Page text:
2/68 to 5May-68 (WIA An Bao)

      • Dusters, Quads & Searchlights Association Historian 19:19:17 06/04/03
        Great first hand account of events. Thanks again to all responding. Still have a few questions:

        Does anyone have any idea where the name "Leprechaun" came from? Was there a name or artwork associated with the Quad or APC?

        There was reference to additional armor plating (2-feet high) added to the sides to protect the feet of the cannoneers. Does anyone remember any odd looking plating on the sides?

        Did the Quad have what we call "Bat-Wings", flat shields on the side of the turret in front of the ammo and cannoneers?

        Any idea how the quad was attached? Welded or bolted.

        Anyone with a picture?

        Thanks again,
        Paul K.

        • Bob Bihari, "A" Company, 1st Bn (M), 50th Inf. 20:53:16 06/04/03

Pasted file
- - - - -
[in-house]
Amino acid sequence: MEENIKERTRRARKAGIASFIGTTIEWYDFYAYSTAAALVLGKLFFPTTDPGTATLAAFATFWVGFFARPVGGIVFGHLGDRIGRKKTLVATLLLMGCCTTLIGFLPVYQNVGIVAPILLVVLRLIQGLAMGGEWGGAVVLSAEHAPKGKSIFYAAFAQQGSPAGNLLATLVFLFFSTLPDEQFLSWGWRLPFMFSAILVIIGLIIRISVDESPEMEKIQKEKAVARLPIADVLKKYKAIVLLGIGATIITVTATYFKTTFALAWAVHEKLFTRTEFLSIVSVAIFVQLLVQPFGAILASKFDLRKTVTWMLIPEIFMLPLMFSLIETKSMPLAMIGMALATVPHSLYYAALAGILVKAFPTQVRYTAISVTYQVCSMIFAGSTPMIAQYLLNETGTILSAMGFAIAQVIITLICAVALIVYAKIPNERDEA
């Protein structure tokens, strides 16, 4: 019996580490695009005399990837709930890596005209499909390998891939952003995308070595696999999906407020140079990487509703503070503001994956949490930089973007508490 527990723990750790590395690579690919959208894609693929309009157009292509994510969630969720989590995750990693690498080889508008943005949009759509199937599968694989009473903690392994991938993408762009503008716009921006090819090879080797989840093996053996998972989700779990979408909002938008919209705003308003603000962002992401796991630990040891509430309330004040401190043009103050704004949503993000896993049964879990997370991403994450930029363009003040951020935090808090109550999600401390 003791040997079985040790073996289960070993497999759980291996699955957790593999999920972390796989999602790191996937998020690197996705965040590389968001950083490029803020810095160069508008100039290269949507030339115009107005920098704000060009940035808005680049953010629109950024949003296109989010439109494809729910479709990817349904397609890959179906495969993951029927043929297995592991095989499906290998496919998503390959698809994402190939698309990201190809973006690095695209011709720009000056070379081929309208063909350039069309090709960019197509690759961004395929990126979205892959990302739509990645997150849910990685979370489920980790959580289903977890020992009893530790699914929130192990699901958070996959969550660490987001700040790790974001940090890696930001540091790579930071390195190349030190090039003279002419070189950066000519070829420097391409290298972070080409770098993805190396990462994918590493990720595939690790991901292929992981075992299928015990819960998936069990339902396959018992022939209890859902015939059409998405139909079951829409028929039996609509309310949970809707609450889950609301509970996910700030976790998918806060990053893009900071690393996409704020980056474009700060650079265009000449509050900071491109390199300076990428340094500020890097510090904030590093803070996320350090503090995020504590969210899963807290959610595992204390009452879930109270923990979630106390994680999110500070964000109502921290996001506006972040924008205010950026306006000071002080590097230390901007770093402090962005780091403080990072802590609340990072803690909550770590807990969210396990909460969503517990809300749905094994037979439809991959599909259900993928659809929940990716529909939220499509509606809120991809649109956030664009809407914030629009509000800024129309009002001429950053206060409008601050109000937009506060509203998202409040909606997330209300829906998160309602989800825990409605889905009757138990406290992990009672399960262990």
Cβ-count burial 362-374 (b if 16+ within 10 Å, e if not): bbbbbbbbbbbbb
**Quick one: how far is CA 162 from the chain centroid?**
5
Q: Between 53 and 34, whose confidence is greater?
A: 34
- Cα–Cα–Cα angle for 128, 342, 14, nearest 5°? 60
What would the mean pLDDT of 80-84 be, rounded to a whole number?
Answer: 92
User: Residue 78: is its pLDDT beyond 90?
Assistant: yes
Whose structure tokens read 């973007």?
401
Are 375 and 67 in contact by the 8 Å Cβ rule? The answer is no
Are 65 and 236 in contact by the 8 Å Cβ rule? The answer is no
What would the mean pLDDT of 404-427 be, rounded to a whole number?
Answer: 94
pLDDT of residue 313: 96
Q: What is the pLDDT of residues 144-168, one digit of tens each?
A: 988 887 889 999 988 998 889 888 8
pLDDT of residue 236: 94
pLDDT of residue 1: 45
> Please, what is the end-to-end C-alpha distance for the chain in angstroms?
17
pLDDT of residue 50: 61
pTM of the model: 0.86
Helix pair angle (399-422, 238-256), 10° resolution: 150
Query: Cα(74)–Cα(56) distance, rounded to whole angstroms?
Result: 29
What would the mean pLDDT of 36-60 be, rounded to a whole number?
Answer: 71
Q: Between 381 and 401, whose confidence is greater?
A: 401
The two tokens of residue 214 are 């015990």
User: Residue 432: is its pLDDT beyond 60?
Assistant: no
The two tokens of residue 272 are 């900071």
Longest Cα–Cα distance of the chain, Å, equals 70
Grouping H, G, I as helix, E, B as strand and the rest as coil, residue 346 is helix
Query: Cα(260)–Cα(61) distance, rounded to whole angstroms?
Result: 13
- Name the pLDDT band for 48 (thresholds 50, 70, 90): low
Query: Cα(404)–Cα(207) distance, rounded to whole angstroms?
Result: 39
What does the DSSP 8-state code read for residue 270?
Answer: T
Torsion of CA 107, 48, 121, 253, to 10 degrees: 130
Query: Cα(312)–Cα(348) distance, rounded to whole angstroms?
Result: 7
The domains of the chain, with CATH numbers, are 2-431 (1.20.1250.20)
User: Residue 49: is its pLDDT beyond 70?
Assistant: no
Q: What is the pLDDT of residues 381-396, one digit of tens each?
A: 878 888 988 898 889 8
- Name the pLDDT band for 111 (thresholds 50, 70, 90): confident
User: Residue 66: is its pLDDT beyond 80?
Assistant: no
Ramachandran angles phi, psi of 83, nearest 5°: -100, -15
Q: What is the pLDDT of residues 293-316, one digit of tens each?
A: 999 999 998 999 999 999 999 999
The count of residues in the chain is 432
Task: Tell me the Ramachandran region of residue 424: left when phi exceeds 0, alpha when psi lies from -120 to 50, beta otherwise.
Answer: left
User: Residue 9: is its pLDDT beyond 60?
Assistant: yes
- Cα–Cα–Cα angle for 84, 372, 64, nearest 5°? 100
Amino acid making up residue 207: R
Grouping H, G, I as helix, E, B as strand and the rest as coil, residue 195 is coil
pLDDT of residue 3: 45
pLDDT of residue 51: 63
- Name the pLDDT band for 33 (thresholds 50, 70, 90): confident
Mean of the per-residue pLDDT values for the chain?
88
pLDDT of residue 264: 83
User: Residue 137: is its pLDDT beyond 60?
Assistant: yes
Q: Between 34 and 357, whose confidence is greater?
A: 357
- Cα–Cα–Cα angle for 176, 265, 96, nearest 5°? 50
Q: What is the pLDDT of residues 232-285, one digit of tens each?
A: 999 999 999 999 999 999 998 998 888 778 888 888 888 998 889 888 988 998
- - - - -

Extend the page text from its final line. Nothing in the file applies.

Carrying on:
Hi Paul;
          I'll try to answer your questions as best I can...'been over 35 years, and I don't remember
          working with the quad for more than a few days / week before the mine incident...but here goes:

          Just how awkward did the configuration look?

          -Actually..it didn't look that awkward at all...I was never "in" the thing....but I was fairly close to it at various times..it didn't
          look any more unusual than a "duster" (Twin-40mm) or an "Ontos" (The Ontos, officially the Rifle, Multiple 106 mm, Self-propelled, M50, was an American light armored tracked anti-tank vehicle developed in the 1950s. It mounted six M40 106 mm recoilless rifles as its main armament, which could be fired in rapid succession against single targets to guarantee a kill.)